It would be interesting to see the bottom line after 12 months of management.


Western Isles MSP, Alasdair Allan welcomes progress on Barra aircraft procurement

Western Isles MSP, Alasdair Allan, has welcomed a response he has received from Transport Minister, Keith Brown, which confirms that the Government hopes to have an order placed with an aircraft manufacturer by the end of October 2012 to replace the aircraft currently serving the island. The intention is to have aircraft in place immediately following the expiration of the current contract at the end of March 2013.

Alasdair Allan commented: “The air routes to Barra are a lifeline service for the island and are crucial for everything from the health service to tourism. They are vitally important connections to the mainland and to Uist for the many islanders who use the service.

“There has been much pressure to ensure that the existing pair of twin otter aircraft are replaced to ensure the future of the island’s unique airport, where planes from Glasgow and Benbecula land on the beach. The Scottish Government is committed to the service and have already committed to the replacement of the two aircraft which, while meeting all safety standards are ageing and costly to maintain.

“This response I have received from the Minister for Transport confirms his commitment to the procurement of the new aircraft, giving a clear date for this, and I hope now sets out a clearer transition process next year when the current Twin Otters are currently due to come out of service.”


SOUTH PADRE ISLAND, TEXAS: Former Tamaulipas governor, businessman targeted by feds

An indictment and two forfeiture complaints filed Tuesday seek at least $40 million in damages from Fernando Alejandro Cano Martinez, 55, of Ciudad Victoria, Tamps., who faces charges of conspiracy to launder monetary instruments and bank fraud.

Federal prosecutors have targeted a former Tamaulipas governor and fugitive Mexican businessman who they say accepted millions of dollars in bribes from the Gulf Cartel that were laundered in a series of business and property deals throughout South Texas. An indictment and two forfeiture complaints filed Tuesday......

The government is seeking $40 million beyond the forfeiture of Cano’s assets, which include a Pilatus PC-12 aircraft and several bank accounts that belong to Cano.

The Swiss-made plane has made at least 20 trips between late January and April, flying between Brownsville and Houston, San Antonio, Ciudad Victoria and Monterrey, online flight records show.

The plane last flew April 22, on a one-way trip from Brownsville to Monterrey.

Read full story:

NOTICE OF INVITATION FOR BID: Phoenix‐Mesa Gateway Airport Authority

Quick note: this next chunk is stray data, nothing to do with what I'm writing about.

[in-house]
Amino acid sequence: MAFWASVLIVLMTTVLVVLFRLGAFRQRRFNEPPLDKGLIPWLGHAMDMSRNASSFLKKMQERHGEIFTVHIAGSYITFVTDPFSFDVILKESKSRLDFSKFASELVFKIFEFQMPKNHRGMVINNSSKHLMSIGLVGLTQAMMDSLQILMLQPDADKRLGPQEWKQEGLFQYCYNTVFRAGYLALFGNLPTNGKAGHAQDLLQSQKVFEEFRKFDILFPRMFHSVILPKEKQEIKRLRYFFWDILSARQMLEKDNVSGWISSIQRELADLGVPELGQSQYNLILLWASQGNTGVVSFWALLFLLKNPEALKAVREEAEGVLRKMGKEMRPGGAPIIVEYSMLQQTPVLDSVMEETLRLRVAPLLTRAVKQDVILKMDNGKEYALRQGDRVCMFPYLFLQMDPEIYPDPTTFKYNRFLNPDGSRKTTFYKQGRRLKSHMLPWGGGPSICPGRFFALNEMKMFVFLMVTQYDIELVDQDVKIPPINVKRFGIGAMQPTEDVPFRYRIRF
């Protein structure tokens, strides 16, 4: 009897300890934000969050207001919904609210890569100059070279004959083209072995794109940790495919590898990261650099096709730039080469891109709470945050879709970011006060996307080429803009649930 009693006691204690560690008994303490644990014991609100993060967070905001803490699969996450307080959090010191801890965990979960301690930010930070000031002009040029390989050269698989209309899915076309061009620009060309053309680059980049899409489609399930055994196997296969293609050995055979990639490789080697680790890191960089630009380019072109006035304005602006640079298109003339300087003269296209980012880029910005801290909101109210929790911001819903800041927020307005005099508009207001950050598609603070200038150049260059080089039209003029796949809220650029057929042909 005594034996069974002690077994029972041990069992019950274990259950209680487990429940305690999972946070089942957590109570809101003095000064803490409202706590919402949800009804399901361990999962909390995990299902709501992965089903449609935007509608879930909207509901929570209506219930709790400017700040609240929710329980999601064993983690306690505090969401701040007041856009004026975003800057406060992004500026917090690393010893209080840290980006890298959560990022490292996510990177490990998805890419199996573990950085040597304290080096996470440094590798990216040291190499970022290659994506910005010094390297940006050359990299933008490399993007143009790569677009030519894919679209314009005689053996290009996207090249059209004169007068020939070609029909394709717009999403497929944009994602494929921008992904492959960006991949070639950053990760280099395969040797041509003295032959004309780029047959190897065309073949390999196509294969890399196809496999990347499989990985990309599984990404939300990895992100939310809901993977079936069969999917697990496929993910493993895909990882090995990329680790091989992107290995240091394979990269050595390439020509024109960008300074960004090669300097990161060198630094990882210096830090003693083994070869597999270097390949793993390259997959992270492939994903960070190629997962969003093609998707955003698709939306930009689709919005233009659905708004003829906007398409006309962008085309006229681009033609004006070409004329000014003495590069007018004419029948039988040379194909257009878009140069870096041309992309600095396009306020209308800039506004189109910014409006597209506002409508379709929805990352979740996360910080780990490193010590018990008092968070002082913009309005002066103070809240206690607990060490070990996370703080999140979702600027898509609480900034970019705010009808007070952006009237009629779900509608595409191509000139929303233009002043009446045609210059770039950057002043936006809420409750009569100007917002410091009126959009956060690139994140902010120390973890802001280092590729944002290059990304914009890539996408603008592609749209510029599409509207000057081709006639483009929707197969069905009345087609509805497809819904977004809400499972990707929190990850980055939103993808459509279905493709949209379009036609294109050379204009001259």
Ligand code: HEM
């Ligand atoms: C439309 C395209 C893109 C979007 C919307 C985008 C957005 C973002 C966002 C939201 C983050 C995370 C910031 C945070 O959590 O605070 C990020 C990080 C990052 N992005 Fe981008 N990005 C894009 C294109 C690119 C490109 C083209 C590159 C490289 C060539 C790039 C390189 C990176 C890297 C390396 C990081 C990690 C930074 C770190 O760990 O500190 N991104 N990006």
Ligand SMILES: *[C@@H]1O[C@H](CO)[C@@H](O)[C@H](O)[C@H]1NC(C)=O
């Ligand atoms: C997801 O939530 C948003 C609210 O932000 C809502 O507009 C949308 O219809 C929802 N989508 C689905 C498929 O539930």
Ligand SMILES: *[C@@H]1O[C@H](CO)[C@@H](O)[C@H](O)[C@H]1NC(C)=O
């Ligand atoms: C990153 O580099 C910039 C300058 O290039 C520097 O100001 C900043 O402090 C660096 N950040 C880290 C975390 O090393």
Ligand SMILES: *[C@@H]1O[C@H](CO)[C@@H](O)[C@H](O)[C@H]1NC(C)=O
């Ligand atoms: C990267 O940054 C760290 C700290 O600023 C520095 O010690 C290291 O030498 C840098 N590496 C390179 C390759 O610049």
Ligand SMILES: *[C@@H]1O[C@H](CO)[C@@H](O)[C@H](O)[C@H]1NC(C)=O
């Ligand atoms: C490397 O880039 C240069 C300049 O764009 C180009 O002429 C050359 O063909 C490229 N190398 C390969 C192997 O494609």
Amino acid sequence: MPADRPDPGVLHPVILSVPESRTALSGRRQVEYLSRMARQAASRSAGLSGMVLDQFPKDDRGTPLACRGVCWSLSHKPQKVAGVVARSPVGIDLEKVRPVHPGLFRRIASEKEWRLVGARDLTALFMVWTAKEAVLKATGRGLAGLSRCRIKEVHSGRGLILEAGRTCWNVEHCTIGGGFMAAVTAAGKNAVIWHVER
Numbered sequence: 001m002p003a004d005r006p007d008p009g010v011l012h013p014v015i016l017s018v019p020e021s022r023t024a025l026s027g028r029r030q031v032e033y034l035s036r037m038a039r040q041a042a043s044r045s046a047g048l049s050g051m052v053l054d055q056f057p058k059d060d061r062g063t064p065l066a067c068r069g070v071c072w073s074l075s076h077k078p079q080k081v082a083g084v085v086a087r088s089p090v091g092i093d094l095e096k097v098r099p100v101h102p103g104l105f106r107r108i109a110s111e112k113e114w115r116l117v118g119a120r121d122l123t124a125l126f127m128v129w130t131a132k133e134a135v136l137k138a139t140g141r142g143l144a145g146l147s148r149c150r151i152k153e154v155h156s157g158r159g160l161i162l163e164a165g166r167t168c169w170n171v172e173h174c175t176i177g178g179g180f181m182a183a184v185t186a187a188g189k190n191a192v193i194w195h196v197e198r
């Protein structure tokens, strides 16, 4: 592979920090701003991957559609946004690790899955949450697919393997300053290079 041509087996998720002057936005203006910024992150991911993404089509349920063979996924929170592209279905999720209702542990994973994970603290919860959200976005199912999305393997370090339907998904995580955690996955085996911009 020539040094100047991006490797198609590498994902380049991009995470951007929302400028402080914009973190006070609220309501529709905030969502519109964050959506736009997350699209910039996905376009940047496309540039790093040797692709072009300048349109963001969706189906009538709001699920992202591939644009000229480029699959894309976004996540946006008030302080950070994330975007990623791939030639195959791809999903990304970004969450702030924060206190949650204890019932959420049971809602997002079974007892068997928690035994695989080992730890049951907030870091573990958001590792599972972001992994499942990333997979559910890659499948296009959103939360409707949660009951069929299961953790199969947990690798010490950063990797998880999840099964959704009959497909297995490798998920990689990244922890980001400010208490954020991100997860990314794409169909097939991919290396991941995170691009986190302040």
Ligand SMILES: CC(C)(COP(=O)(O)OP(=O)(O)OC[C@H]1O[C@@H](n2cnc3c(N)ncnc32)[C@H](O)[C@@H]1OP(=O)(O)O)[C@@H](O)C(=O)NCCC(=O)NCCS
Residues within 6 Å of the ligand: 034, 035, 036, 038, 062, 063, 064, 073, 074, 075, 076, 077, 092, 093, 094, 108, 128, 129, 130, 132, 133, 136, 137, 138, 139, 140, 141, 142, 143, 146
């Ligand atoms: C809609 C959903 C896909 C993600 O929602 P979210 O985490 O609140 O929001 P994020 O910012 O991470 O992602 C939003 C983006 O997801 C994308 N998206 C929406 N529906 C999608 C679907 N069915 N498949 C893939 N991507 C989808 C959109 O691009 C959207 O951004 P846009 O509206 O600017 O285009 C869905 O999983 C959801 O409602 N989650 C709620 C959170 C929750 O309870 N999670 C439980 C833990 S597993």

The Phoenix‐Mesa Gateway Airport Authority (PMGAA) is soliciting sealed bids for the construction of Taxiway ‘P’ Reconstruction (Base Bid, PMGAA Project No. 509), and Compass Calibration Pad (Add Alt No. 1, PMGAA Project No. 628) at the Phoenix‐Mesa Gateway Airport (IWA). 

Cirrus Pilot Proficiency Program in Poznan 2012

 May 16, 2012 by AeroPoznanFTO 

 Cirrus Pilot Proficiency Program is run by COPA - Cirrus Owners and Pilots Association since 2002. For the first time CPPP took place in Poznan, hosted by Aero Poznan - Cirrus Training Center at Poznan Lawica (EPPO)

Bangladesh aviation regulator dogged by cash crunch

The Civil Aviation Authority of Bangladesh (Caab) is facing a severe fund crisis as four local airlines have defaulted on their dues with the civil aviation regulator.

As of February 29, Biman Bangladesh Airlines, GMG Airlines, United Airways and Regent Airways owe 317.21 crore taka (US$38.77 million) in aeronautical and non-aeronautical charges to Caab, according to a letter that Caab wrote to the civil aviation and tourism ministry.

The aviation regulator asked the ministry to take action against the airlines as they failed to pay the dues even after several reminders.

Meanwhile, the office of the Comptroller and Auditor General raised its objection in its audit report and said the Caab failed to make any progress in recovering its dues.

Caab's efficiency was also questioned by the parliamentary standing committee on public accounts, and the panel sought explanations from the aviation authority.

The financial health of the aviation authority eroded and its net profit came down to 155.53 crore taka ($19.01 million) in 2010-11 from 291.22 crore taka ($35.59 million) in 2009-10, according to Bangladesh Economic Review 2011.

Caab has dues of 226.88 crore taka ($27.73 million) in aeronautical charges and 90.33 crore taka ($11.04 million) in non-aeronautical charges with the local airlines.

Biman Bangladesh, the national flag carrier, is the biggest defaulter with 255.3 crore taka ($31.20 million). GMG Airlines that shut its operations in March is the second largest defaulter with debts of around 51 crore taka ($6.23 million). United Airways and Regent Airways will have to pay 10.92 crore taka ($1.33 million) and 2.63 lakh taka ($3,214).

Aeronautical charges mean the charges that are directly related to the operations of an aircraft at the airport. The amount includes landing and parking charges, air navigation fees, cargo handling charges, fuelling charges, security and passenger charges.

Non-aeronautical revenues come from activities that are undertaken on top of this core business, such as retail, parking, other concessions and rentals. At medium and large airports, this revenue may account for more than 50 per cent of the total income.